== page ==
17 December 2012

Rwanda: Mugesera Trial Postponed Again, Questions High Court Competence to Try Him

Photo: T. Kisambira/ The New Times
Leo Mugesera (in pink) talking to his lawyers in court (file photo).

Genocide suspect Leon Mugesera has questioned Rwanda's High Court competence to try him.

In a trial which was postponed 27 days ago and re-initiated yesterday, Mugesera and his defense started by questioning the ability of Aguma Charles Kalimba, a translator and interpreter from the Ministry of Justice, who is supposed to translate discussions between the president of the trial Athanase Bakuzakundi and Mugesera's head lawyer, Kenyan Gershom Otachi Bw'Omwanwa.

"He has no competence in translation and interpretation," claimed Mugesera to the translator, who has said that he has a bachelor's degree of law and 10 years of experience in translating for courts of justice. For Mugesera, that's no competence as he should at least, have a diploma in translation and/or interpretation.

But prosecutor general Martin Ngoga said that Mugesera's quest is baseless since it was not the first time that a court decides to use someone, unqualified in issues of translation and interpretation but with a law degree.

"He understands the law, which is the baseline of all our discussions here. On our side (prosecution), we don't have any problem with his competence, but if he proves us wrong, then we'll have a body of evidence to get rid of him," Ngoga said.

Bakuzakundi declared that the trial shall proceed. "We assess that he has the ability to fulfill his duties and reserve to us the rights, to which if he proves us wrong, he will be suspended so as to get someone else knowledgeable."

According Otachi, the application submitted to the High Court beforehand challenges the very foundation of the case.

"This (Mugesera's) is a fairly new jurisdiction. It's the first trial (of its kind-transfer case) tried in Rwanda," stated Otachi who further refereed to the Organic law of November 2007, also called the 'transfer law', which the defense team analyzed.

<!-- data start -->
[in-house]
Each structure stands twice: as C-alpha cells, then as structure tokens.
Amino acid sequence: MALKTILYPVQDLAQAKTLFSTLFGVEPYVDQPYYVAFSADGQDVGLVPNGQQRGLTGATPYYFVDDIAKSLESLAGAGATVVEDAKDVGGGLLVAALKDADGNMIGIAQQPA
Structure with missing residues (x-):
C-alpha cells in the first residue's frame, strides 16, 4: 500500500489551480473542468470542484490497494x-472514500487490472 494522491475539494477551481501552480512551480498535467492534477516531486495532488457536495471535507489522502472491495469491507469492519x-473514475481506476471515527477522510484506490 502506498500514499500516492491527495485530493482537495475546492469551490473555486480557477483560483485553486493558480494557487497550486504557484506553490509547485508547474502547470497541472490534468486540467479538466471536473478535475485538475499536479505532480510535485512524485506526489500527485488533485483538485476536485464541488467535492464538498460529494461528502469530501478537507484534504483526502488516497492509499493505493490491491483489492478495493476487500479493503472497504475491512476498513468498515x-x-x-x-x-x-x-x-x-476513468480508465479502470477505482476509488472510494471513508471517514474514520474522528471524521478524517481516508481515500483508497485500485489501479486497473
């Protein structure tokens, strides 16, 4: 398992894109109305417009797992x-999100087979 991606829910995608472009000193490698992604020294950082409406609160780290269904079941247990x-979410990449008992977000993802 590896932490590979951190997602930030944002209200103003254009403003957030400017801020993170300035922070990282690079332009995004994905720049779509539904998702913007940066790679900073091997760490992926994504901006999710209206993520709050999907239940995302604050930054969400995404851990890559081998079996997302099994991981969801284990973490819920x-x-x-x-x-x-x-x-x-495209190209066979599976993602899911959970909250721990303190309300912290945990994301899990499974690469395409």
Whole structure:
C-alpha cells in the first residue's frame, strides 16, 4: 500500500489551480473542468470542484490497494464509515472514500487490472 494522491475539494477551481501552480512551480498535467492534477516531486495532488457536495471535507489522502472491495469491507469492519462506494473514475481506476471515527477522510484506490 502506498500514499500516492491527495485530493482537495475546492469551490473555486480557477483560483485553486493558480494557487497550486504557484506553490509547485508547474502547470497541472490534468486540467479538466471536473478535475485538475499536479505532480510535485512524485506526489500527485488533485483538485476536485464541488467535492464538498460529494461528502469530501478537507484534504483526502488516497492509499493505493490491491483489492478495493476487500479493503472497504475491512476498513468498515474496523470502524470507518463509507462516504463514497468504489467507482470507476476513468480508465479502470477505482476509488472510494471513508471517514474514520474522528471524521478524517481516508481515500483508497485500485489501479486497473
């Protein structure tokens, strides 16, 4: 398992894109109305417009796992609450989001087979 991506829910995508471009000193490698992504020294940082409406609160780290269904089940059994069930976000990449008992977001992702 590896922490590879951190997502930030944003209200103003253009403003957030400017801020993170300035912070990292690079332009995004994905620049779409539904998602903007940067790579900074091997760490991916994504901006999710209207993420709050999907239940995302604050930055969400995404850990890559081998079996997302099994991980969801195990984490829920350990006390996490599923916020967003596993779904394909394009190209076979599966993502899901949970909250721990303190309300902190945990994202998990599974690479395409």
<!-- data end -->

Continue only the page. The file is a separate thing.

"We are not challenging the jurisdictions of the court to try Mugesera in general, nor are we challenging the power of the court to try him on this case, but we're focusing on the temporal jurisdictions based on time limits."

Otachi also said articles 1, 3, 23, 25 of the 'transfer law' in relation to the status of the International Criminal Tribunal for Rwanda (ICTR) and the agreement signed between Canada and Rwanda emphasize that Mugesera should be tried under conditions mentioned in all the above documents.

"We don't dispute the fact that Mugesera as a Rwanda citizen should be tried by Rwandan courts as stated by the ICTR status, but that's not enough because also the alleged genocide crimes should have been committed by him physically in Rwanda, and committed between 1 January and 31 December 1994," Otchi said adding that the article 3 of the transfer law refers to article 7 of the ICTR status and no other article refers to transfer jurisdictions, therefore no possibilities to extent the time frame to after of before 1994.

"All the transferees shall be treated equally. Mugesera like the other prisoners from the ICTR shall be tried equally. Any different would be unfair and discriminative," stressed Otachi. If Mugesera is tried under those conditions, he wouldn't appear for crimes allegedly committed in 1992 (the year during which he pronounced his famous speech for which he is being pursued). "This court's jurisdictions are bounded by the ICTR status," said Otachi.

The prosecution rejected the claims on the High Court's competence to try Mugesera, mostly emphasizing that suspects from the ICTR are different from those from other countries.

"Genocide suspects from the ICTR have to be handled in particular manner," said Ngoga who referred to the article 3 of the 'transfer law' which stipulates that 'a person whose case have been transferred from the ICTR shall be liable only for case in ICTR's jurisdictions.' He commented that the mention ICTR in this law and the omission of 'the other countries' are not mistakes.

Ngoga added that Mugesera's lawyers have misinterpreted the law.

"If you want to say that Mugesera's alleged crimes fall outside the temporal jurisdictions of the ICTR you are wrong because the article 24 of the transfer law mentions 'Mutatis Mutandis' which means that you can change what needs to be changed including extending the time." He stressed that extending (out of ICTR's status) is a necessary change in points of law. "We absolutely believe that this court if competent to try Mugesera over his alleged participation in the 1994 against Tutsi genocide."

Mugesera rejected Ngoga's arguments and said that the law mentions ICTR and other countries. "The 'and' conjunction between shows that they are the two have the same value. There is no 'analogy' when dealing with criminal rights. It's not allowed to reduce the value things."

Bakuzakundi postponed the trial, and said that the judges will discuss the matter and pronounce itself next Monday, December 24, 2012.

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